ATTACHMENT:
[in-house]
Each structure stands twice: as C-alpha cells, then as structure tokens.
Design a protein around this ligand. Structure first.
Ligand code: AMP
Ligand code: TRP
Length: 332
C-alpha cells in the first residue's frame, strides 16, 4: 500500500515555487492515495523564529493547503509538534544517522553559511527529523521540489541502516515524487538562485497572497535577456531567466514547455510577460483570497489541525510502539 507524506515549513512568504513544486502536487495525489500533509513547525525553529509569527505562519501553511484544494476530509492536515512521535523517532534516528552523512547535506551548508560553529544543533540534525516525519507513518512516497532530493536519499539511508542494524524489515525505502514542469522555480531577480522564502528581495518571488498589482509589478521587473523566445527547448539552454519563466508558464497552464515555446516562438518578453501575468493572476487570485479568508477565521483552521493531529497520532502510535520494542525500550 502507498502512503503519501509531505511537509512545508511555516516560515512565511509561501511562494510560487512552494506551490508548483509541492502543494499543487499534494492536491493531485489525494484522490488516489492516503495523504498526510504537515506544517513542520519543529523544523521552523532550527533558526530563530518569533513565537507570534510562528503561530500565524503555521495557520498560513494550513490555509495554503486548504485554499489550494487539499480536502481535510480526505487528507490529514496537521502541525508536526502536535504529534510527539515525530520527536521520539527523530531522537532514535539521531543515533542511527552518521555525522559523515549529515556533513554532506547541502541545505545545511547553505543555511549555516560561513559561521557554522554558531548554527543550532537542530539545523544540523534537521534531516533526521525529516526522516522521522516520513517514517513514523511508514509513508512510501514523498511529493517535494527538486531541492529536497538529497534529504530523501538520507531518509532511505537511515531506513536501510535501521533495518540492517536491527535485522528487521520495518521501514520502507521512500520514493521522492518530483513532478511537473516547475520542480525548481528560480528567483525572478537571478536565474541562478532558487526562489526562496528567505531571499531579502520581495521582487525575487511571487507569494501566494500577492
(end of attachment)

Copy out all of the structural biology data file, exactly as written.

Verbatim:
[in-house]
Each structure stands twice: as C-alpha cells, then as structure tokens.
Design a protein around this ligand. Structure first.
Ligand code: AMP
Ligand code: TRP
Length: 332
C-alpha cells in the first residue's frame, strides 16, 4: 500500500515555487492515495523564529493547503509538534544517522553559511527529523521540489541502516515524487538562485497572497535577456531567466514547455510577460483570497489541525510502539 507524506515549513512568504513544486502536487495525489500533509513547525525553529509569527505562519501553511484544494476530509492536515512521535523517532534516528552523512547535506551548508560553529544543533540534525516525519507513518512516497532530493536519499539511508542494524524489515525505502514542469522555480531577480522564502528581495518571488498589482509589478521587473523566445527547448539552454519563466508558464497552464515555446516562438518578453501575468493572476487570485479568508477565521483552521493531529497520532502510535520494542525500550 502507498502512503503519501509531505511537509512545508511555516516560515512565511509561501511562494510560487512552494506551490508548483509541492502543494499543487499534494492536491493531485489525494484522490488516489492516503495523504498526510504537515506544517513542520519543529523544523521552523532550527533558526530563530518569533513565537507570534510562528503561530500565524503555521495557520498560513494550513490555509495554503486548504485554499489550494487539499480536502481535510480526505487528507490529514496537521502541525508536526502536535504529534510527539515525530520527536521520539527523530531522537532514535539521531543515533542511527552518521555525522559523515549529515556533513554532506547541502541545505545545511547553505543555511549555516560561513559561521557554522554558531548554527543550532537542530539545523544540523534537521534531516533526521525529516526522516522521522516520513517514517513514523511508514509513508512510501514523498511529493517535494527538486531541492529536497538529497534529504530523501538520507531518509532511505537511515531506513536501510535501521533495518540492517536491527535485522528487521520495518521501514520502507521512500520514493521522492518530483513532478511537473516547475520542480525548481528560480528567483525572478537571478536565474541562478532558487526562489526562496528567505531571499531579502520581495521582487525575487511571487507569494501566494500577492